Are critters making home in your HVAC system? They may be coming through the louvers. Learn how to stop uninvited guests with louver screens!
Louvers are made to allow air flow into a building and keep everything else at bay. All louvers have free area between their blades for air to pass through into the duct work. And larger louvers will have more free area.
More free area means there is more space for air to pass between louver blades, which means lower pressure drop and better air performance for the louver. But it can also mean more space for unwanted elements to get through the louver.
With enough free area, birds and insects can infiltrate the louver's free area and enter your duct work. These unwelcome guests can set up homes in your duct and wreak havoc on your HVAC system.
So, how do you close up a louver? You need that free area to let air through, right? You can choose to install a louver screen on the back side of your louver.
Louver screens are installed on the interior side of a louver, to keep critters out while minimizing the impact on your louver’s air performance.
Louver screens are made from aluminum or steel wire, twisted into links that make up a mesh like a chain link fence. This mesh can be installed in its own frame, with quick release clips or vandal proof fasteners, for easy removal and re-mounting. Or, fix it directly to the back of the louver with screws.
A screen will provide protection from uninvited guests at the cost of air performance. This cost depends on the type of screen you use.
The Common Visitors - Birds and Insects
Birds and insects are common visitors for louvers, especially in elevated places. Installing a louver screen is the best way to keep them out.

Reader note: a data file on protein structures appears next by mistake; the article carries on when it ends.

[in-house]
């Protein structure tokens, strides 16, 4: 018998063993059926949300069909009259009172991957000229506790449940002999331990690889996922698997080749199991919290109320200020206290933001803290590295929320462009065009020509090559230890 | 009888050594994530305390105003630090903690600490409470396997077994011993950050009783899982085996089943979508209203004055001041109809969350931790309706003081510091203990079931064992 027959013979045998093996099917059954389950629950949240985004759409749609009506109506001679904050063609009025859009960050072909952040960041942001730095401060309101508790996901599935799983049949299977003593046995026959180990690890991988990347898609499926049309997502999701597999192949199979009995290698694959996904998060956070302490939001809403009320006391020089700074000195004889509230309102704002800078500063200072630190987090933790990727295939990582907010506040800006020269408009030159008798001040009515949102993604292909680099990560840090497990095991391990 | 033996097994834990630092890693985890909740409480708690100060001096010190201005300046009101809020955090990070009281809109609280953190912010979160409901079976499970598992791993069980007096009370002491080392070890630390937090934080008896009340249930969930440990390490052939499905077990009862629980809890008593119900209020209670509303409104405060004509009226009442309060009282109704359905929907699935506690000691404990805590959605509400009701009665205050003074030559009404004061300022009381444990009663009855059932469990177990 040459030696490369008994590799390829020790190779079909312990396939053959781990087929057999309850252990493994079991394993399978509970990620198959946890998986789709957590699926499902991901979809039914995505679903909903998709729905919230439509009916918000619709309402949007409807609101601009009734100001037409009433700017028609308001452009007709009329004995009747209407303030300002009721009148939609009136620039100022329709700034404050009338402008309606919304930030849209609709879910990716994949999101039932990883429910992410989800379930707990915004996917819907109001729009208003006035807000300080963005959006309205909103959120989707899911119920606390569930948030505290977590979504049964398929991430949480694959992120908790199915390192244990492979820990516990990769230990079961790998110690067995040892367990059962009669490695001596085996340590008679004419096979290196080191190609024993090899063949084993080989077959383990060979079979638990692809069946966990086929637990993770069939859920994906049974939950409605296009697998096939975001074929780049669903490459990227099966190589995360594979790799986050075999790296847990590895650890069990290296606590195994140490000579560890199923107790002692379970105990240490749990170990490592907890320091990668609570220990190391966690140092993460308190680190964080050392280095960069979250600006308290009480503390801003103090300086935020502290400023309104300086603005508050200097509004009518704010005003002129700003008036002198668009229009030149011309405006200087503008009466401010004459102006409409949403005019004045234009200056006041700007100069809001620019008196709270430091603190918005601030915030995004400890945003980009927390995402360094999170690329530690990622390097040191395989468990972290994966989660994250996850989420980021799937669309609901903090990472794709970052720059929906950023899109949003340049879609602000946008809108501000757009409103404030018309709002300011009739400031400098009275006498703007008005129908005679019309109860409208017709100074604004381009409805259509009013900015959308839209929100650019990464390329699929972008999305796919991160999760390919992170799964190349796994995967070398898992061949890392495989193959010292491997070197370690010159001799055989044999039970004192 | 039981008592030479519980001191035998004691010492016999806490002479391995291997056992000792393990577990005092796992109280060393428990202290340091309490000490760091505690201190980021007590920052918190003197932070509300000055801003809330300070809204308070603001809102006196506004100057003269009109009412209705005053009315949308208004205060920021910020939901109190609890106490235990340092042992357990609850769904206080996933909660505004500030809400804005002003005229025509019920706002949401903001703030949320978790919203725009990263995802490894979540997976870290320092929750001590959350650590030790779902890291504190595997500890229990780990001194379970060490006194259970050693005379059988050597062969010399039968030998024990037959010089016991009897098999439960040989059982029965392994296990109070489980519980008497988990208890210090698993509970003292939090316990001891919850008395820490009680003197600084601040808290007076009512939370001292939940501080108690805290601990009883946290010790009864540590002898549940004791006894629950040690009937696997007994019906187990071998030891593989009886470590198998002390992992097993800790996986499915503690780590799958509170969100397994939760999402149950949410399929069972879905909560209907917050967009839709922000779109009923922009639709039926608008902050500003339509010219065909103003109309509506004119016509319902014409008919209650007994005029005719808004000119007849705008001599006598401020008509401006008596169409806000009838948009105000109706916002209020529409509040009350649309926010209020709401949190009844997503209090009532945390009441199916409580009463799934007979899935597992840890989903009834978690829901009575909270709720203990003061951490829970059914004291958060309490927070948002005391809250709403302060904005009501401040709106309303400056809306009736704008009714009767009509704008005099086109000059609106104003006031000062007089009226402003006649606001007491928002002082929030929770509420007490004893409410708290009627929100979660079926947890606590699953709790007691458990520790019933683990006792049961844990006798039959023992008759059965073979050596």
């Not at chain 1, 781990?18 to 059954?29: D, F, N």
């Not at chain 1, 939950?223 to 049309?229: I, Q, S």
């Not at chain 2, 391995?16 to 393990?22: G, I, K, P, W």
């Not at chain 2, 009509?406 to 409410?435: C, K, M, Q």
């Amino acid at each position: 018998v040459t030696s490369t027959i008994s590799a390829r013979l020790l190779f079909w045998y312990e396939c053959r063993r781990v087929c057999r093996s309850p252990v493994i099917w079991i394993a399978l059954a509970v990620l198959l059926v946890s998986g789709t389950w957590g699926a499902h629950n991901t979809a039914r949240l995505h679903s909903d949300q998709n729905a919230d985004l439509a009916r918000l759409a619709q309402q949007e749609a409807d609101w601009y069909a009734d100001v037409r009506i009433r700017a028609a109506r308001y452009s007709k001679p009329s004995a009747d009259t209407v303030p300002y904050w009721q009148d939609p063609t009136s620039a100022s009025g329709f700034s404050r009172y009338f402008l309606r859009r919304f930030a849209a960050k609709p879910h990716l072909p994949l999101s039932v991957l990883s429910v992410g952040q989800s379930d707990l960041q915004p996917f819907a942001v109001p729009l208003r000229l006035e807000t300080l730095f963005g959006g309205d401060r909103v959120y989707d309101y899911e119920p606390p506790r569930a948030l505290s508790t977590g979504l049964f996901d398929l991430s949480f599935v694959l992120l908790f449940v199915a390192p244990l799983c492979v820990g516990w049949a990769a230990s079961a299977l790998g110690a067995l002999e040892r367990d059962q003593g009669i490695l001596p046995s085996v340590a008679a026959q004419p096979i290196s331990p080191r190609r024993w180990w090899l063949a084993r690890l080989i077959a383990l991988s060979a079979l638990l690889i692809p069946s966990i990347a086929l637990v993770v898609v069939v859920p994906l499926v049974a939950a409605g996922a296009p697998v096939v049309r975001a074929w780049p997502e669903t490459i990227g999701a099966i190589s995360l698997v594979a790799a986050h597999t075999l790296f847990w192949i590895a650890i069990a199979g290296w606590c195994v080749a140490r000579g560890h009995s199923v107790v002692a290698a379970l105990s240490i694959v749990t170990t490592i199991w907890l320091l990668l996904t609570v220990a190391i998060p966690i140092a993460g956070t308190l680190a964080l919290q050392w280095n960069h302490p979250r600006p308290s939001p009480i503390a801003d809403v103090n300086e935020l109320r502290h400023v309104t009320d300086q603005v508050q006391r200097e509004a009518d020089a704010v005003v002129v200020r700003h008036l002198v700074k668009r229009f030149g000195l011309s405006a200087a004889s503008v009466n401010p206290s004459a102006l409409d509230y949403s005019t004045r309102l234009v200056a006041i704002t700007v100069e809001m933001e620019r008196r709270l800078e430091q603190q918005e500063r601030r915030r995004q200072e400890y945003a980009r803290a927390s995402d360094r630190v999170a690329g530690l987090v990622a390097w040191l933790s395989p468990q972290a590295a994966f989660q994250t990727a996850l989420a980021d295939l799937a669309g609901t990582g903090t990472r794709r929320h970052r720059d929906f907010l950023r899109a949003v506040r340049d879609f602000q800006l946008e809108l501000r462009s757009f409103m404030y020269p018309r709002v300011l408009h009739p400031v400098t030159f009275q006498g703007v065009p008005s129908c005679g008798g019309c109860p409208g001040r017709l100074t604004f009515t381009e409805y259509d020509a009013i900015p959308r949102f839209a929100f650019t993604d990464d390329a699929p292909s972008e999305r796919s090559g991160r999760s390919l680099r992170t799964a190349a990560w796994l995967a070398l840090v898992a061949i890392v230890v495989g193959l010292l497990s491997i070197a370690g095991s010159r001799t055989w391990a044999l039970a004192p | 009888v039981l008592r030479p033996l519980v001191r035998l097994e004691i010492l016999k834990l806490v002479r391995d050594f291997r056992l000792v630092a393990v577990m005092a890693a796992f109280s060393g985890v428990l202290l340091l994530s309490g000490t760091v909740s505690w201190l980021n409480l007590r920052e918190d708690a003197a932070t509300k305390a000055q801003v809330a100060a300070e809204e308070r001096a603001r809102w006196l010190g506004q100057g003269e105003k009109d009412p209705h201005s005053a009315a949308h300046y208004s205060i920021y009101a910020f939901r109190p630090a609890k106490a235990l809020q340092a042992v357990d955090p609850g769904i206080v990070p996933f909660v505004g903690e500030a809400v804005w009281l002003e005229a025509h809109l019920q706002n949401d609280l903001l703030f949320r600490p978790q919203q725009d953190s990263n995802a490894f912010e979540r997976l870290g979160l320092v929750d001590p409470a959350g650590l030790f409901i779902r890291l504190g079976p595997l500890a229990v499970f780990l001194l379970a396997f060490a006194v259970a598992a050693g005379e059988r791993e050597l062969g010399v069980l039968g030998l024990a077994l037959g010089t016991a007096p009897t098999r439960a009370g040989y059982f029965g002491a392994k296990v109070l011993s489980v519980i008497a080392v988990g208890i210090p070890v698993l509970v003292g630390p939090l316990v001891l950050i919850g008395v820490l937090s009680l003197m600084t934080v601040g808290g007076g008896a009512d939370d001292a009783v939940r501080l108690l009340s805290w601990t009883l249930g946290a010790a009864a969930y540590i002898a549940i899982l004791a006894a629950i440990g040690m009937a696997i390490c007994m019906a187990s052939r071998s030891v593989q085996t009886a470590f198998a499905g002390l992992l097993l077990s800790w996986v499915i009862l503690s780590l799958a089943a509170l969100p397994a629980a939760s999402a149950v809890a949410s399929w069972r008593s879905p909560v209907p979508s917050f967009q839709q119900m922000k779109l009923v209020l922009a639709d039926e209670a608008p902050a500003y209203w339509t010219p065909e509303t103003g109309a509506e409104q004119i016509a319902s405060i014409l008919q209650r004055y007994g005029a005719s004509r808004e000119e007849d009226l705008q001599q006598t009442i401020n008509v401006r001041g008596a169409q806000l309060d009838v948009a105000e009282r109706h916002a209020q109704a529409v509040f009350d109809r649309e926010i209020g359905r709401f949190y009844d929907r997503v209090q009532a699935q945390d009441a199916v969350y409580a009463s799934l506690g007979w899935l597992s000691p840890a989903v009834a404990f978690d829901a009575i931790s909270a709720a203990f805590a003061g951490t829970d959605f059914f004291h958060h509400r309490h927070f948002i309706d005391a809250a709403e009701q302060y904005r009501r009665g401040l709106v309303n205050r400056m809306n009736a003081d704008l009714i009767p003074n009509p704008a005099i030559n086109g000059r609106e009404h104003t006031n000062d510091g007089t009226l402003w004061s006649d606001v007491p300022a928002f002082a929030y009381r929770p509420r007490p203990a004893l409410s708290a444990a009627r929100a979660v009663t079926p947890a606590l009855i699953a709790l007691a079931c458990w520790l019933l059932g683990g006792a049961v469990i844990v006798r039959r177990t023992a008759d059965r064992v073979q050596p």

There are two types of louver screens: bird screens and insect screens. Insect screens have smaller links than bird screens, leaving no room for smaller critter to get through.
Bird screens have large links, allowing air to pass through unhindered. These screens have a minor affect on the louver's air performance: the large links have little impact on the louver's free area and allow air to pass through with ease. However, smaller critters can still make it through the larger links.
Insect screens are more effective at keeping everything out, but they will have a greater impact on the louver’s air performance. The smaller links of the insect screen mean less space for air to pass through the louver. This means the louver will have less free area between the blades and a greater pressure drop as air tries to pass through the screen. Depending on where the louver is installed, you may want to take the hit to air performance to keep smaller critters out.
Closing the Door on Uninvited Guests
Consider louver screens if your louver will be frequented by birds, flying insects, or other critters. These can be larger louvers, louvers in high places, or louvers in humid areas with lots of bugs. A bird screen will keep larger critters out while maintaining the louver's air performance. Insect screens will affect your louver's air capabilities, but their smaller holes with keep insects out of your ductwork.
Don't let unwelcome guests into your HVAC system. Close the door and keep your duct work clear. Consider installing a louver screen on your louvers.
Have you added screens to your louvers? Which type have you seen more often: bird screens or insect screens? Share your experience with louver screens in the Comments section below. We want to hear from you!
MCDLG offers free self-paced courses online through AEC Daily.
This course provides continuing education credits for a variety of institutions, including AIA's LIUs. Learn the basics of louvers and earn credit, at your own pace. Visit the MCDLG course page on AECDaily.com today!